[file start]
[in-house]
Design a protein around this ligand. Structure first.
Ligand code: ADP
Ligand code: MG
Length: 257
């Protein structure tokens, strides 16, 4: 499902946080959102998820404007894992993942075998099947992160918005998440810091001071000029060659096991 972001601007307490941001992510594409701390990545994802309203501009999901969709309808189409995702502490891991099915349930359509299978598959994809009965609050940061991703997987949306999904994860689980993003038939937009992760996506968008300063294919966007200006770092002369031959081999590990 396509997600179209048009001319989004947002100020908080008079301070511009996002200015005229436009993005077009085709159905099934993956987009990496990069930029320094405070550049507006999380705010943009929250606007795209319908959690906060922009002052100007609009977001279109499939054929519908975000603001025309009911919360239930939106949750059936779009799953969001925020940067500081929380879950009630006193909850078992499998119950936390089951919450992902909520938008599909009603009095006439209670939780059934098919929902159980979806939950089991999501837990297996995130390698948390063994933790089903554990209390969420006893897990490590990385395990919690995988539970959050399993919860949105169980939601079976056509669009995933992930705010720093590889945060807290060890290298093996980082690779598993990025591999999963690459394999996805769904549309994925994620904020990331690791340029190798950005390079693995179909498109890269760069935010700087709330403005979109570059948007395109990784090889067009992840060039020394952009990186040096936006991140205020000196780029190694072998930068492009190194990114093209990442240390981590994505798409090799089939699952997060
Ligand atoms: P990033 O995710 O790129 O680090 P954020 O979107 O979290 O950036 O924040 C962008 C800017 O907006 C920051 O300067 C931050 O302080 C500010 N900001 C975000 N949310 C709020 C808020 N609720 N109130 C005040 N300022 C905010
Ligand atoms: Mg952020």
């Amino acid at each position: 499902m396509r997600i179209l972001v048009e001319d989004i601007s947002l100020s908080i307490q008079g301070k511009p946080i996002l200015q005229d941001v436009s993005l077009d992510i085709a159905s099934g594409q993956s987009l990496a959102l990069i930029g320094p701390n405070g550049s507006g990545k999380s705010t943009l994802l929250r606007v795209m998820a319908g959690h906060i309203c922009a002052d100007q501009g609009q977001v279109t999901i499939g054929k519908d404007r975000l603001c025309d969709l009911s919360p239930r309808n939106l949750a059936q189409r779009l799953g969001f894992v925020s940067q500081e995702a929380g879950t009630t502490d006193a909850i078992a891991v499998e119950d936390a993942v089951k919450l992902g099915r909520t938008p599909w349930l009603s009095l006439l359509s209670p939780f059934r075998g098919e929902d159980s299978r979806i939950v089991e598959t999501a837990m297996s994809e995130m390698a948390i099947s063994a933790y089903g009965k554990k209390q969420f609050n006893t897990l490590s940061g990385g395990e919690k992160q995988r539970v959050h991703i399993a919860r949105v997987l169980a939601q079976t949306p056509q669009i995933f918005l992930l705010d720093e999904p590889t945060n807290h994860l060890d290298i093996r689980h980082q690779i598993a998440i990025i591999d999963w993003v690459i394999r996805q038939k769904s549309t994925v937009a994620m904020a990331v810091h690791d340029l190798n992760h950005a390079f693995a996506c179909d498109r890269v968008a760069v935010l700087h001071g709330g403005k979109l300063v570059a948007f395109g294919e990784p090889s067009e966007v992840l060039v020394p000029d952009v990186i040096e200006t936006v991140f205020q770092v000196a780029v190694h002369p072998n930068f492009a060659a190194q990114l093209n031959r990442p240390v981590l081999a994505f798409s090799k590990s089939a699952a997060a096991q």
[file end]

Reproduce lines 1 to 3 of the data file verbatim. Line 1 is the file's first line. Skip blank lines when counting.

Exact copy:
[in-house]
Design a protein around this ligand. Structure first.
Ligand code: ADP